Page URL:

Father given parental rights in home insemination case

27 April 2015
Appeared in BioNews 799

A man who provided sperm to a female friend who then used it to conceive without sexual intercourse has been awarded parental rights by the Virginia Court of Appeals in the USA.

Robert Boardwine provided sperm to Joyce Bruce, a long-term friend who wanted to have a child alone, who inseminated herself using a turkey baster. The parties did not have sexual intercourse.

After a number of failed attempts - and two unsuccessful donor insemination procedures at a fertility clinic using anonymously donated sperm - Bruce became pregnant in 2010 with Boardwine's sperm using the same home-insemination procedure they had used previously.

During the pregnancy Boardwine would visit and bring gifts for the baby, but their relationship began to decline after a disagreement over a name for the child. After this point, the parties did not speak for five months. Bruce did not inform Boardwine of the birth and did not include his name on the child's birth certificate.

Although contact was initially resumed, Bruce described the visits as 'strained' and the visits then stopped at her request, after which Boardwine brought an application for custody and visitation rights over the child.

The ruling shows how Bruce was under the impression that if she became pregnant without sexual intercourse then the biological father would not be entitled to parental rights.

She also said that her expectation was that after the birth Boardwine would visit just as a friend. Boardwine, on the other hand, contended that he always intended to be involved with the child and expected to be part of the child's life. While they had discussed creating a contract outlining the terms of the agreement, no such document had been created.

After Boardwine's parental status was confirmed by a DNA test, a lower court found that at the time of donation the parties had intended for Boardwine to become a legal father, and that is was in the best interests of the child to award Boardwine custody and visitation rights.

The Virginia Court of Appeals then had to determine if Boardwine was a 'donor', as if so he would not be entitled to parental rights. A donor is defined under State law as someone who contributes sperm or eggs for use in 'assisted conception'. This is, in turn, defined as a pregnancy resulting from 'intervening medical technology'.

Ruling that the State's assisted conception statue did not apply to Boardwine, Judge Stephen Cullough held: 'The plain meaning of the term "medical technology" does not encompass a kitchen implement such as a turkey baster.' Boardwine was not a sperm donor and was entitled to parental rights.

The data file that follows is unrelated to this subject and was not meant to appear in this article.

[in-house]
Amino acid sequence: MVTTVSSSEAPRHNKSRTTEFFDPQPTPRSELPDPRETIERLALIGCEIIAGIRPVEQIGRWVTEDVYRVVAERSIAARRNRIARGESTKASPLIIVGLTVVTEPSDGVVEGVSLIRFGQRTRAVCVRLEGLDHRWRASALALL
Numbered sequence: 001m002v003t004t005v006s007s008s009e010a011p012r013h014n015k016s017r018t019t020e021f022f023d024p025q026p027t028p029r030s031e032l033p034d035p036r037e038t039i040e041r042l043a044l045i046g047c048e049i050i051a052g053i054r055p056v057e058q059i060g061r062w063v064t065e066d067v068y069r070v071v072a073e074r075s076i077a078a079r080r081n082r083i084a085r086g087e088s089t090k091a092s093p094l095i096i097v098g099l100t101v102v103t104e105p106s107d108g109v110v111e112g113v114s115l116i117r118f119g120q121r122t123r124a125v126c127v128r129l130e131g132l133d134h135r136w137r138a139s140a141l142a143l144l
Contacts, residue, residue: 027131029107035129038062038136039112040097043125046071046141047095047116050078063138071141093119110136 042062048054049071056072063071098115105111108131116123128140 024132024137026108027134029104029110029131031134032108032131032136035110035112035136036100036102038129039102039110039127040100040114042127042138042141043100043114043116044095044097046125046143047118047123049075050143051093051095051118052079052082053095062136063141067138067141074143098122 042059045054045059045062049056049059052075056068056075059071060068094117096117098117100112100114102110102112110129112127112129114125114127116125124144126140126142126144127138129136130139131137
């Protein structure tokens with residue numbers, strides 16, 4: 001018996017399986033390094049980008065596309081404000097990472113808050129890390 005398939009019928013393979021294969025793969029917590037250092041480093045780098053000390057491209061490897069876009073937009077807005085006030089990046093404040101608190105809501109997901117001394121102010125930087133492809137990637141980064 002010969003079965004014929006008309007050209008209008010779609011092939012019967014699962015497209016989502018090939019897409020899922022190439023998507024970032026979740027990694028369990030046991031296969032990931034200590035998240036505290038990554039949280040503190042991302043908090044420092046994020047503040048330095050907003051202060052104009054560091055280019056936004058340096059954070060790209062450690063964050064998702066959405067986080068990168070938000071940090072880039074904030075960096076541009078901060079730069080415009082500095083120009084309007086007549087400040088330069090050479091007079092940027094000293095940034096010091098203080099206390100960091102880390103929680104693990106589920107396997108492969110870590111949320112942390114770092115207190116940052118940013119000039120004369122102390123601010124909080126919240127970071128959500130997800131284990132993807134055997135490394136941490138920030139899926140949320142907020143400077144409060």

Bruce has the right of appeal to the Virginia Supreme Court. It is not yet clear whether an appeal will be pursued.

Court grants father parental rights over turkey baster baby
UPI |  22 April 2015
Dad Has Rights After Turkey-Baster Pregnancy, Court Rules
ABC News |  21 April 2015
Joyce Rosemary Bruce v. Robert Preston Boardwine
Court of Appeals of Virginia |  21 April 2015
Man who successfully got a female friend pregnant using a turkey baster wins the right to see his son
Daily Mail |  21 April 2015
Va. court affirms dad’s rights in turkey baster conception
Washington Post |  21 April 2015
18 January 2016 - by Dr Linda Wijlaars 
A man from Luton, Bedfordshire, claims to have fathered 'in excess of 800 children' through unlicensed artificial sperm donations...
21 December 2015 - by Antony Starza-Allen 
The High Court has refused a man's application for direct contact with a child born to a same-sex couple using his sperm...
27 July 2015 - by Arit Udoh 
Alibaba, the China-based e-commerce firm, has offered its male users up to £525 in exchange for their sperm...
8 June 2015 - by Antony Starza-Allen 
The Family Court has refused a man contact over a child raised in a complex set of family relations, to whom he has no biological connection or legal parenthood...
1 June 2015 - by Antony Starza-Allen 
The University of British Columbia has proposed to settle a class action involving the accidental destruction of sperm for $6.2 million...
10 November 2014 - by Chee Hoe Low 
A six-year legal battle for contact over two girls conceived via known-donor fertilisation has had a 'destructive effect' on the girls' childhood, a High Court judge has warned in his third substantive judgment in the case....
10 November 2014 - by Jenny Sharpe 
An Australian woman has become engaged to the sperm donor who fathered her one-year-old daughter...
4 August 2014 - by Antony Starza-Allen 
A child with Down's syndrome born to a Thai surrogate is reported to have been abandoned by the intended parents, an Australian couple, who have denied the allegations. Conflicting versions of the developing story have been reported....
7 April 2014 - by Dr Ruth Curson 
Sadly, there are currently not enough egg and sperm donors in the UK to meet our needs. Recipients are now seeking alternative routes to find donors, either by travelling abroad or from unregulated internet sites: both with the potential for unwanted consequences...
20 February 2012 - by Natalie Gamble 
The family court has been making law on known donors, with a number of recent disputes between known sperm donors and lesbian mothers...
to add a Comment.

By posting a comment you agree to abide by the BioNews terms and conditions

Syndicate this story - click here to enquire about using this story.